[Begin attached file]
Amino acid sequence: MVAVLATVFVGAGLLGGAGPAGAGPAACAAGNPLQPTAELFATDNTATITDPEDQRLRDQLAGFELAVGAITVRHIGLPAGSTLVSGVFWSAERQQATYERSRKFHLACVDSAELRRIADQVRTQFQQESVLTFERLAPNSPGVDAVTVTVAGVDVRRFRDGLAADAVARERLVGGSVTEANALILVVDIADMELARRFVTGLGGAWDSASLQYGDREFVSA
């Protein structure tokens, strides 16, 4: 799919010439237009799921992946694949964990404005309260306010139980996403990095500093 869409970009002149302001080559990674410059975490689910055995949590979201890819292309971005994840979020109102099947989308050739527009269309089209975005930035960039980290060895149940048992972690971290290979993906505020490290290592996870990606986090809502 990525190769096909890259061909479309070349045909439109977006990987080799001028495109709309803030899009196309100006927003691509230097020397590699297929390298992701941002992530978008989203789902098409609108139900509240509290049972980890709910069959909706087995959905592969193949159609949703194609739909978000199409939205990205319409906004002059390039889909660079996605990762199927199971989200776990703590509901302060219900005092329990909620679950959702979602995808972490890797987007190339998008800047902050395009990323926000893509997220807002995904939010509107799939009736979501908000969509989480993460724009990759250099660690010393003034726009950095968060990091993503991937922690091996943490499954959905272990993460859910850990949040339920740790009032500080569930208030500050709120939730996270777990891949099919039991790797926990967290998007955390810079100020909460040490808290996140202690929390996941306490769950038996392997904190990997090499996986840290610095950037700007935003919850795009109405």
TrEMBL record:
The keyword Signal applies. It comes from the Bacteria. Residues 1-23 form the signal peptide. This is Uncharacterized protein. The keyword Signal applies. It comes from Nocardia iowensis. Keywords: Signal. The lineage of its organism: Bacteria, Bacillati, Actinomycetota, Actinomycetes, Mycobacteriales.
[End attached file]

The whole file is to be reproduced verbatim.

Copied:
Amino acid sequence: MVAVLATVFVGAGLLGGAGPAGAGPAACAAGNPLQPTAELFATDNTATITDPEDQRLRDQLAGFELAVGAITVRHIGLPAGSTLVSGVFWSAERQQATYERSRKFHLACVDSAELRRIADQVRTQFQQESVLTFERLAPNSPGVDAVTVTVAGVDVRRFRDGLAADAVARERLVGGSVTEANALILVVDIADMELARRFVTGLGGAWDSASLQYGDREFVSA
């Protein structure tokens, strides 16, 4: 799919010439237009799921992946694949964990404005309260306010139980996403990095500093 869409970009002149302001080559990674410059975490689910055995949590979201890819292309971005994840979020109102099947989308050739527009269309089209975005930035960039980290060895149940048992972690971290290979993906505020490290290592996870990606986090809502 990525190769096909890259061909479309070349045909439109977006990987080799001028495109709309803030899009196309100006927003691509230097020397590699297929390298992701941002992530978008989203789902098409609108139900509240509290049972980890709910069959909706087995959905592969193949159609949703194609739909978000199409939205990205319409906004002059390039889909660079996605990762199927199971989200776990703590509901302060219900005092329990909620679950959702979602995808972490890797987007190339998008800047902050395009990323926000893509997220807002995904939010509107799939009736979501908000969509989480993460724009990759250099660690010393003034726009950095968060990091993503991937922690091996943490499954959905272990993460859910850990949040339920740790009032500080569930208030500050709120939730996270777990891949099919039991790797926990967290998007955390810079100020909460040490808290996140202690929390996941306490769950038996392997904190990997090499996986840290610095950037700007935003919850795009109405």
TrEMBL record:
The keyword Signal applies. It comes from the Bacteria. Residues 1-23 form the signal peptide. This is Uncharacterized protein. The keyword Signal applies. It comes from Nocardia iowensis. Keywords: Signal. The lineage of its organism: Bacteria, Bacillati, Actinomycetota, Actinomycetes, Mycobacteriales.